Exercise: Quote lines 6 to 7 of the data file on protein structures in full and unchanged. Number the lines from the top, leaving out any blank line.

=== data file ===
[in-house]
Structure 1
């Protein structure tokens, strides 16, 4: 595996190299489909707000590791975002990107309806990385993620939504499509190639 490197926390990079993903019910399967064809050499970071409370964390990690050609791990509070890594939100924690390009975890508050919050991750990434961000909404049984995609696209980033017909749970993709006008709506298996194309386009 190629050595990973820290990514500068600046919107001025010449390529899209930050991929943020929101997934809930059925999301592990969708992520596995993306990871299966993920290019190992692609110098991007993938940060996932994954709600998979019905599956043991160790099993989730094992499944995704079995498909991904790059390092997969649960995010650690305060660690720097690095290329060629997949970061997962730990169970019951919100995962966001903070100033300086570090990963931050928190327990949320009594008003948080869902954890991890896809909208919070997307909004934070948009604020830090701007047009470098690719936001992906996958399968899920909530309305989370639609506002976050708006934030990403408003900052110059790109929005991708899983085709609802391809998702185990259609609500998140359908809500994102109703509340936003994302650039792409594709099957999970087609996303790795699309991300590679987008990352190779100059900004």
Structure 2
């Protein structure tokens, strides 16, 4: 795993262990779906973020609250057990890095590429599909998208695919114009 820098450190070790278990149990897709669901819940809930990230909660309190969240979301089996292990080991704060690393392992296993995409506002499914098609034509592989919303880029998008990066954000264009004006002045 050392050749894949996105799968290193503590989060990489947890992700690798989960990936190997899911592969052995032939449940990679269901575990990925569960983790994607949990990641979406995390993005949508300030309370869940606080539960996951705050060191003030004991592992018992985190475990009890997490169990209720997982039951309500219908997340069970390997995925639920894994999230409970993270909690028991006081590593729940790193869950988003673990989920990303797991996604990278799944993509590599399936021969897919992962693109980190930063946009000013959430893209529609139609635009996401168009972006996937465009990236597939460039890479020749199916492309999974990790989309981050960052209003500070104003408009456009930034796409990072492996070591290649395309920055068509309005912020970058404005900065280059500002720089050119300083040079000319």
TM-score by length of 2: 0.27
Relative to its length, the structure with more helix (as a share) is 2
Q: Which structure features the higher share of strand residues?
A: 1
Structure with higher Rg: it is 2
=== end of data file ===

TM-score by length of 2: 0.27
Relative to its length, the structure with more helix (as a share) is 2